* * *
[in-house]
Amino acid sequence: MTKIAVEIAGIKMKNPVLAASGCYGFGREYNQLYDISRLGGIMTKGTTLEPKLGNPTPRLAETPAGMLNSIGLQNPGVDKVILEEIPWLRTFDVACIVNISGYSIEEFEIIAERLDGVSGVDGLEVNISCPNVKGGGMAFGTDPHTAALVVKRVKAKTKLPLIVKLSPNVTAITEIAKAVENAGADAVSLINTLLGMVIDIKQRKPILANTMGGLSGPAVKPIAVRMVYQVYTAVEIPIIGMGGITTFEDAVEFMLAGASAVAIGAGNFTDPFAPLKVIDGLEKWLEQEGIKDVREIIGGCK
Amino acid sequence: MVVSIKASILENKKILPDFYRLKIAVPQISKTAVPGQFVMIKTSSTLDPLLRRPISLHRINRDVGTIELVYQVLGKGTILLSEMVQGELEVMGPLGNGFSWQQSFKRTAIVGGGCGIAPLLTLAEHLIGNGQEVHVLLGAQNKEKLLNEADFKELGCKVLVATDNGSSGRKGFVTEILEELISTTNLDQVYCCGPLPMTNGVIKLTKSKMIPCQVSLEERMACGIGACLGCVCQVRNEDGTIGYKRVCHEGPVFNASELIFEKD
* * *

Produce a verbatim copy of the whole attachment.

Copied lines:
[in-house]
Amino acid sequence: MTKIAVEIAGIKMKNPVLAASGCYGFGREYNQLYDISRLGGIMTKGTTLEPKLGNPTPRLAETPAGMLNSIGLQNPGVDKVILEEIPWLRTFDVACIVNISGYSIEEFEIIAERLDGVSGVDGLEVNISCPNVKGGGMAFGTDPHTAALVVKRVKAKTKLPLIVKLSPNVTAITEIAKAVENAGADAVSLINTLLGMVIDIKQRKPILANTMGGLSGPAVKPIAVRMVYQVYTAVEIPIIGMGGITTFEDAVEFMLAGASAVAIGAGNFTDPFAPLKVIDGLEKWLEQEGIKDVREIIGGCK
Amino acid sequence: MVVSIKASILENKKILPDFYRLKIAVPQISKTAVPGQFVMIKTSSTLDPLLRRPISLHRINRDVGTIELVYQVLGKGTILLSEMVQGELEVMGPLGNGFSWQQSFKRTAIVGGGCGIAPLLTLAEHLIGNGQEVHVLLGAQNKEKLLNEADFKELGCKVLVATDNGSSGRKGFVTEILEELISTTNLDQVYCCGPLPMTNGVIKLTKSKMIPCQVSLEERMACGIGACLGCVCQVRNEDGTIGYKRVCHEGPVFNASELIFEKD